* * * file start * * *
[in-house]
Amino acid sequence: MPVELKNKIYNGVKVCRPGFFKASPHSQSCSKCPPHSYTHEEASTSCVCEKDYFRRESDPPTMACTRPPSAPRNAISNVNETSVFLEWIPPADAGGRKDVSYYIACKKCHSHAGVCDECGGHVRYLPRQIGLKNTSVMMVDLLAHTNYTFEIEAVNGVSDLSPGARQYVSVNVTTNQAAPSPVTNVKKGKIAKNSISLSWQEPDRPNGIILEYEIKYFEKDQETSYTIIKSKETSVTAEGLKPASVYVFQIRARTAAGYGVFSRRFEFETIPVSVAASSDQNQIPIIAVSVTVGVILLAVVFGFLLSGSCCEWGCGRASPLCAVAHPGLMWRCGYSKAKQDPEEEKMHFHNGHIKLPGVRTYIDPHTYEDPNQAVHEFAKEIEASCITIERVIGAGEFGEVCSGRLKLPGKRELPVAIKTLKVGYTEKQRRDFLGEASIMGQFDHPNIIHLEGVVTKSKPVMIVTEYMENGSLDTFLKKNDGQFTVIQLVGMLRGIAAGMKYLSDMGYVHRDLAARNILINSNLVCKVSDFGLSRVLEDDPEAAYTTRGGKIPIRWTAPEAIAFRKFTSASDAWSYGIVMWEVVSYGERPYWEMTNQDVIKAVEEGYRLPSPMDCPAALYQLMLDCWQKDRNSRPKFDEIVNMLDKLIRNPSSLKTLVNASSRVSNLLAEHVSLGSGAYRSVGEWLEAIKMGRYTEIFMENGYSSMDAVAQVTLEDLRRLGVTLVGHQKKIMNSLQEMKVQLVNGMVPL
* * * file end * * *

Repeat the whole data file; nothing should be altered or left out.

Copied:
[in-house]
Amino acid sequence: MPVELKNKIYNGVKVCRPGFFKASPHSQSCSKCPPHSYTHEEASTSCVCEKDYFRRESDPPTMACTRPPSAPRNAISNVNETSVFLEWIPPADAGGRKDVSYYIACKKCHSHAGVCDECGGHVRYLPRQIGLKNTSVMMVDLLAHTNYTFEIEAVNGVSDLSPGARQYVSVNVTTNQAAPSPVTNVKKGKIAKNSISLSWQEPDRPNGIILEYEIKYFEKDQETSYTIIKSKETSVTAEGLKPASVYVFQIRARTAAGYGVFSRRFEFETIPVSVAASSDQNQIPIIAVSVTVGVILLAVVFGFLLSGSCCEWGCGRASPLCAVAHPGLMWRCGYSKAKQDPEEEKMHFHNGHIKLPGVRTYIDPHTYEDPNQAVHEFAKEIEASCITIERVIGAGEFGEVCSGRLKLPGKRELPVAIKTLKVGYTEKQRRDFLGEASIMGQFDHPNIIHLEGVVTKSKPVMIVTEYMENGSLDTFLKKNDGQFTVIQLVGMLRGIAAGMKYLSDMGYVHRDLAARNILINSNLVCKVSDFGLSRVLEDDPEAAYTTRGGKIPIRWTAPEAIAFRKFTSASDAWSYGIVMWEVVSYGERPYWEMTNQDVIKAVEEGYRLPSPMDCPAALYQLMLDCWQKDRNSRPKFDEIVNMLDKLIRNPSSLKTLVNASSRVSNLLAEHVSLGSGAYRSVGEWLEAIKMGRYTEIFMENGYSSMDAVAQVTLEDLRRLGVTLVGHQKKIMNSLQEMKVQLVNGMVPL